TV’s Dr. Oz Defends Against Calls for Dismissal

The TV doctor — a Penn alum — is fighting critics who say he promotes "quack" medicine.

Dr. Oz, seen here with Today show anchor Matt Lauer, is under attack for promoting questionable medical treatments.

Dr. Oz, seen here with Today show anchor Matt Lauer, is under attack for promoting questionable medical treatments.

Dr. Mehmet Oz — better known as “Dr. Oz” to his television audience — is coming under increasing attack for promoting what critics say are questionable medical treatments. There’s a movement afoot to boot him from the faculty of Columbia University, where he serves in the medical school.

The New York Daily News reports:

The group of nationally known doctors, in a lacerating letter to his boss, called for the TV doctor’s dismissal from the prestigious post of vice chairman of Columbia University’s department of surgery.

“He’s a quack and a fake and a charlatan,” said Dr. Henry Miller of Stanford, the first person to sign the poison-pen letter.

“I think I know the motivation at Columbia,” he continued. “They’re star-struck, and like having on their faculty the best-known doctor in the country. But the fact is that his advice endangers patients, and this doesn’t seem to faze them. Whether they’re hoping Oprah will come and endow a center for homeopathic medicine, I don’t know.”


In a phone interview with Vox on Sunday evening, Dr. Oz said that his detractors had ulterior motives — such as financial ties to the food industry. “Did you know who those people were who were sending the petition?” Oz told me. “Did you know that they work for companies and groups linked to the pro-GMO groups?”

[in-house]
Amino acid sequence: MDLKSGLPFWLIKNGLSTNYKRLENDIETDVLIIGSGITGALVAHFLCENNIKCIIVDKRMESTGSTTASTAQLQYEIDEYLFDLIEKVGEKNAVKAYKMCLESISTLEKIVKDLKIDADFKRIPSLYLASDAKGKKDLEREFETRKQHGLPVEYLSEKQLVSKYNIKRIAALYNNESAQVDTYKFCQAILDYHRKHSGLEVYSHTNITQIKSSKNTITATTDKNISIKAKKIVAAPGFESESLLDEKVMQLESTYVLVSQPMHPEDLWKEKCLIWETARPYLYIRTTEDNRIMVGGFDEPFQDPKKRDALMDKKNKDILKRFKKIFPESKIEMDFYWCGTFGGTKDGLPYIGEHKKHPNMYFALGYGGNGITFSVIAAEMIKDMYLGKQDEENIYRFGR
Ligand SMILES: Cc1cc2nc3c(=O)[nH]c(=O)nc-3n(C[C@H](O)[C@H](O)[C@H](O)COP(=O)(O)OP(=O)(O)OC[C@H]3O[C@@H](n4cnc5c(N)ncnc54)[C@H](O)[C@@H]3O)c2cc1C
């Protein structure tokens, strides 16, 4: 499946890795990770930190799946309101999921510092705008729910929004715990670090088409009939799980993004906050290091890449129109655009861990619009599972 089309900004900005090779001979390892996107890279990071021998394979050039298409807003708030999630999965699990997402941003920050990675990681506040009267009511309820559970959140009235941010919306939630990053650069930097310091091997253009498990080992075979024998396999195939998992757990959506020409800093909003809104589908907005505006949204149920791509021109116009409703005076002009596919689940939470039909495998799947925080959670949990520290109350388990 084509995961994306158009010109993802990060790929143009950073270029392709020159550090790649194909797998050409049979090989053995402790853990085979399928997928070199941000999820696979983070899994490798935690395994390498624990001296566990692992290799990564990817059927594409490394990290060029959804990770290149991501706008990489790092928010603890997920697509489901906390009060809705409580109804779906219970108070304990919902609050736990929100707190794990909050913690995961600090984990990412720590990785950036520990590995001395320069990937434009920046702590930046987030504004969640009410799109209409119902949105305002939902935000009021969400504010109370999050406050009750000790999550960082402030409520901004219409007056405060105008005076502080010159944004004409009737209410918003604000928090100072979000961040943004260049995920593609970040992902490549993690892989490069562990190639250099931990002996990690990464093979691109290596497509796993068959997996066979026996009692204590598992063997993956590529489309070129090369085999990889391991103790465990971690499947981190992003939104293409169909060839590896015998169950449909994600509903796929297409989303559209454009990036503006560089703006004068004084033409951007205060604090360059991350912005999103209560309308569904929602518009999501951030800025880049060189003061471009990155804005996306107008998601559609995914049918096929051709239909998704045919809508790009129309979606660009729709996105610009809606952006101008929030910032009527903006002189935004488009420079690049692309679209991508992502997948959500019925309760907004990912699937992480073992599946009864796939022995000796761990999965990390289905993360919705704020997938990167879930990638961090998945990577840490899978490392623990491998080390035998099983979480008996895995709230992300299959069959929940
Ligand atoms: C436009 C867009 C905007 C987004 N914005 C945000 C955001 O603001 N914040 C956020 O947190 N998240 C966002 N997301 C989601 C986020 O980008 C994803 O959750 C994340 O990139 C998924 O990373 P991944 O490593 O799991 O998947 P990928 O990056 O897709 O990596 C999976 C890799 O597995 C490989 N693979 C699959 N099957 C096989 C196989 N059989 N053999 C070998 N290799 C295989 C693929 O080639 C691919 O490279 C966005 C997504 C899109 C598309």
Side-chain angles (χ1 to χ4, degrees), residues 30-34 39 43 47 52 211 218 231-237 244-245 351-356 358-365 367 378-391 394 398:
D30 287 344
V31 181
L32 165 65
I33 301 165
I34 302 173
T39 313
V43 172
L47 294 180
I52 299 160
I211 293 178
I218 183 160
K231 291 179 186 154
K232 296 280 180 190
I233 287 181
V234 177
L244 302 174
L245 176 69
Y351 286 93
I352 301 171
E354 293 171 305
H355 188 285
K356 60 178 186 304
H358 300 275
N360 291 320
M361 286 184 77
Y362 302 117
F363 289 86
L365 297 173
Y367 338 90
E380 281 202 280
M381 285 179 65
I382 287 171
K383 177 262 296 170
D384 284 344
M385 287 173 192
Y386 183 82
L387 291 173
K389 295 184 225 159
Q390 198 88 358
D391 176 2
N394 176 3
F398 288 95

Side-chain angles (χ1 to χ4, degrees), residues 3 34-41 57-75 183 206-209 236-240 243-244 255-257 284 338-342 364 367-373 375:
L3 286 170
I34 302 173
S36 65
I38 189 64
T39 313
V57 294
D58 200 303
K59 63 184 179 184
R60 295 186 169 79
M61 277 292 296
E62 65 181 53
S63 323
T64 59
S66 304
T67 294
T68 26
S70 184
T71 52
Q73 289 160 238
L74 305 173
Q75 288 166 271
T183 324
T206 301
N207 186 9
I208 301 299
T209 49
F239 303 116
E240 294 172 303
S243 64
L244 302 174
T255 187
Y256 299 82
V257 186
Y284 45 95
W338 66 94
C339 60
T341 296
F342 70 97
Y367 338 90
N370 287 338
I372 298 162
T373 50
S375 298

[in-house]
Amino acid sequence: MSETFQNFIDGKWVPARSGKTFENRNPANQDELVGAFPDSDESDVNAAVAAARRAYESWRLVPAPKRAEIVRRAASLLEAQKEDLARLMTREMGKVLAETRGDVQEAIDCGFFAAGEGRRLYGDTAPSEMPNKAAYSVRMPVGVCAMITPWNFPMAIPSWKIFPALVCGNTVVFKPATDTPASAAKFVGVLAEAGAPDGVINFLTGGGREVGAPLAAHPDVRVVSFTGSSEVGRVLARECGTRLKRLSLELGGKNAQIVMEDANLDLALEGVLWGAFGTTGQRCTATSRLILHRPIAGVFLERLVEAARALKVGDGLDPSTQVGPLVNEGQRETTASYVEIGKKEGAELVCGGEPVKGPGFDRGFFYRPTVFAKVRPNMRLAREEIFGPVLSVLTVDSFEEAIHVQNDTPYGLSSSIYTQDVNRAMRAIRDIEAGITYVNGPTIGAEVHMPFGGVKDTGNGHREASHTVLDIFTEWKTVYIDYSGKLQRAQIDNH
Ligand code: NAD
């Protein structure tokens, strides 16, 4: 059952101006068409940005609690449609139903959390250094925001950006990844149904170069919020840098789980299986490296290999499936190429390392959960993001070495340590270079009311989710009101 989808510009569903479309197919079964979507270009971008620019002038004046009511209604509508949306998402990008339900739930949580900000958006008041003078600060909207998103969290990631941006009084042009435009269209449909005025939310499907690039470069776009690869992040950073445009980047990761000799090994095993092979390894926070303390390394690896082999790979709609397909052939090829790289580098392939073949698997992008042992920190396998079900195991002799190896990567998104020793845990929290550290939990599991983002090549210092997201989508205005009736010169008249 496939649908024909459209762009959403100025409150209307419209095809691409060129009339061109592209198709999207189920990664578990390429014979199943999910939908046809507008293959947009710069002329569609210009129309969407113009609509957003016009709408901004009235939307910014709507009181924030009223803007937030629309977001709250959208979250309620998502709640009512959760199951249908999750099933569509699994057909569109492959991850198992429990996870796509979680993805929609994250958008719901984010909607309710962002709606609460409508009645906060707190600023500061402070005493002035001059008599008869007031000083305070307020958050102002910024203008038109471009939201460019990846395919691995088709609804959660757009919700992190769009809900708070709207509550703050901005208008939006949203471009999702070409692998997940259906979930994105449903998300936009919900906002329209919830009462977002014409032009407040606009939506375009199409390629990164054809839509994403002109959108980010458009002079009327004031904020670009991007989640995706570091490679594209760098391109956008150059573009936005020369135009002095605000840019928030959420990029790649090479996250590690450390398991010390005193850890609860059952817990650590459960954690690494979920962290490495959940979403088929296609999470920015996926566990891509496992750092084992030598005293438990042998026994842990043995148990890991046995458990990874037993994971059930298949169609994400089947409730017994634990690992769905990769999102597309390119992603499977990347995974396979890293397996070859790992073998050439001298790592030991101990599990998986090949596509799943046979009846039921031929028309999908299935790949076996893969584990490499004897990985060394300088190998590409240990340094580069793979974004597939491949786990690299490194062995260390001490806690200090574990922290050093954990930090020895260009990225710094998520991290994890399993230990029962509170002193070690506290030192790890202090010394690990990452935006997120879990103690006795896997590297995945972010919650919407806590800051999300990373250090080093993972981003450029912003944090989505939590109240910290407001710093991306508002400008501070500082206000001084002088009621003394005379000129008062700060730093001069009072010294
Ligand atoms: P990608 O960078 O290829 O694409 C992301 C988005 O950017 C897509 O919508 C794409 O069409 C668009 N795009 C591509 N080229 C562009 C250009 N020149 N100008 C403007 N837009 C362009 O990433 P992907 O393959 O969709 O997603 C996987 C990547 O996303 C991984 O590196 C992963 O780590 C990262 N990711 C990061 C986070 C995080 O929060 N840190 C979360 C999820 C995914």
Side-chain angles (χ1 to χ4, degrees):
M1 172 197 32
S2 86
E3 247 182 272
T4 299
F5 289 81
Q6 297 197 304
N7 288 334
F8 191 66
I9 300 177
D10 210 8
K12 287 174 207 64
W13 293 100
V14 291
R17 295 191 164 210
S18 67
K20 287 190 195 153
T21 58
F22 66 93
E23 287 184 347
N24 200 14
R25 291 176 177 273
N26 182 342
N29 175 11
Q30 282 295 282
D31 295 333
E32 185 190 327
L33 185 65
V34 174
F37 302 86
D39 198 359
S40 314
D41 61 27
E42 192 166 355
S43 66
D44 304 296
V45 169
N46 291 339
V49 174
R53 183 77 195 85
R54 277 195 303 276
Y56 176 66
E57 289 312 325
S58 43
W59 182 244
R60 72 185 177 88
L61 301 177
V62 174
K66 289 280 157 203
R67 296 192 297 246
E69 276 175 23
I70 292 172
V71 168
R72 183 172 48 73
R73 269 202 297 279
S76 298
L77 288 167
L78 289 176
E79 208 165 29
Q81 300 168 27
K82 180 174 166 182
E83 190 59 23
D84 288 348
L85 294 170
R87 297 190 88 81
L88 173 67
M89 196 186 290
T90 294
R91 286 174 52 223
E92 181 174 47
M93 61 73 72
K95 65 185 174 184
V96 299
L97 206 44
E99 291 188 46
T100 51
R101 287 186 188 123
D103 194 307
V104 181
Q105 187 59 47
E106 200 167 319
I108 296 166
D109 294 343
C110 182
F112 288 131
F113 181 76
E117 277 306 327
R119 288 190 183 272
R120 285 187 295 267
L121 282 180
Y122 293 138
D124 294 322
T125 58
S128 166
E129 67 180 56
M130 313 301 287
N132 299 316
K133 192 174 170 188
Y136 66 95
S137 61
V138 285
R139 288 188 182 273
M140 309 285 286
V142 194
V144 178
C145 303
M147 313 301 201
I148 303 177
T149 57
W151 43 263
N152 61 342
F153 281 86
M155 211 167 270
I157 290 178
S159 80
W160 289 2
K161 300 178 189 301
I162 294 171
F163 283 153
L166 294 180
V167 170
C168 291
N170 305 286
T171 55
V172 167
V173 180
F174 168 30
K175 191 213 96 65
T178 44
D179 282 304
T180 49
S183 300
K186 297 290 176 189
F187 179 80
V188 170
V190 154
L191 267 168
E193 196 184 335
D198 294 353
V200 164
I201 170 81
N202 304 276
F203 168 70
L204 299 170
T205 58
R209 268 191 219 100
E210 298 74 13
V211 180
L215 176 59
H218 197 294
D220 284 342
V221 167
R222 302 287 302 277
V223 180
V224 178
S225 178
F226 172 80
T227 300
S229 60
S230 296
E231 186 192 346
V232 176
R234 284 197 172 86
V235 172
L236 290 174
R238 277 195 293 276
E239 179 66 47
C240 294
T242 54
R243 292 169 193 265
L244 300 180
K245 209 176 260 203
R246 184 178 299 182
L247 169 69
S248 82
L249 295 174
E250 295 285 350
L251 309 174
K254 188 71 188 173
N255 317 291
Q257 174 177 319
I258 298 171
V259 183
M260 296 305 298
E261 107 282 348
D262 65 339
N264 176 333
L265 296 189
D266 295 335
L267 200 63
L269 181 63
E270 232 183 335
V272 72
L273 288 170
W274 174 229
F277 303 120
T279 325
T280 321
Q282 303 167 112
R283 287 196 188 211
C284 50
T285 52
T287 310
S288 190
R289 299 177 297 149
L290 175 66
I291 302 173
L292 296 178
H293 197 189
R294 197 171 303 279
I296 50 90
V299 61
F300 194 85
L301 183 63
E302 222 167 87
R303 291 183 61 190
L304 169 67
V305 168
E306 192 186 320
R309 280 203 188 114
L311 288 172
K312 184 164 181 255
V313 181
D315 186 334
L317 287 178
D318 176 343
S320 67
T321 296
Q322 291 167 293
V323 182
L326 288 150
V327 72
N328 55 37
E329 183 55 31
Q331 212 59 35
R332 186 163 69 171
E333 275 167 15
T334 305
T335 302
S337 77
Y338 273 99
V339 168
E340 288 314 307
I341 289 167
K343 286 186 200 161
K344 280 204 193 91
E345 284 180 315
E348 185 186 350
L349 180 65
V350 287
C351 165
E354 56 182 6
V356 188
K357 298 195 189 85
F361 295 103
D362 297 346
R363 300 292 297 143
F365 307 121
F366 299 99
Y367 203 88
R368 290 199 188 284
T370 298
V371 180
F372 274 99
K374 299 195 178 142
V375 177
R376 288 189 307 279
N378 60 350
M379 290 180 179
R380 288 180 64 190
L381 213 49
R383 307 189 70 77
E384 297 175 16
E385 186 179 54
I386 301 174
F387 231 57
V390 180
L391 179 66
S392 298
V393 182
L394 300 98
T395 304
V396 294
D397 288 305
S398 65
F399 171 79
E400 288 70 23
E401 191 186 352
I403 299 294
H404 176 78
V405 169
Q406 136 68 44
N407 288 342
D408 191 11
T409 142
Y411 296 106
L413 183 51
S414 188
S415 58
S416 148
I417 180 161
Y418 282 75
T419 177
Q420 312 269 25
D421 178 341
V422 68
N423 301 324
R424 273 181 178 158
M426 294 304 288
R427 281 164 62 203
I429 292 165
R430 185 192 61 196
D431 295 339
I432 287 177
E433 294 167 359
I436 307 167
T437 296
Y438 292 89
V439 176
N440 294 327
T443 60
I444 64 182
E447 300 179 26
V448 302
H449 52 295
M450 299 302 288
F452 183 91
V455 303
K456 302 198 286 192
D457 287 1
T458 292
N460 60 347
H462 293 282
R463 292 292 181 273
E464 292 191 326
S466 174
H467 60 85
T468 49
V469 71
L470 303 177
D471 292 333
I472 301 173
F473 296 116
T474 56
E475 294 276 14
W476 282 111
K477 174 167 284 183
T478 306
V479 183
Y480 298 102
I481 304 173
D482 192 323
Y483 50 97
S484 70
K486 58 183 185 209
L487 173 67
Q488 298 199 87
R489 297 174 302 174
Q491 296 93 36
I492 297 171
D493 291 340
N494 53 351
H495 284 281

Oz seemed to be previewing a defense he is expected to articulate this week on his show — attacking the integrity of his critics. “We plan to show America who these authors are, because discussion of health topics should be free of intimidation,” a spokesman for the show told CNN.

The Daily Pennsylvanian:

A graduate of Penn’s joint MD/MBA program, Oz has long harbored interests in medicine and beyond.

“I’ve always enjoyed doing two things at the same time, and that’s what I did at Penn,” Oz told Wharton Magazine, referring to his decision to pursue a joint MD/MBA. “I could go in the morning to the clinic and treat diabetes patients, and then in the afternoon go learn about accounting and real estate transactions.”

To get the background on why Oz is being criticized, sit back and take 15 minutes or so to watch John Oliver‘s takedown of Oz from June:

Vox adds:

A recent study in the British Medical Journal examined the health claims showcased on 40 randomly selected episodes of the two most popular internationally syndicated health talk shows, The Dr. Oz Show and The Doctors. The researchers found that about half of the recommendations either had no evidence behind them or actually contradicted what the best available science tells us.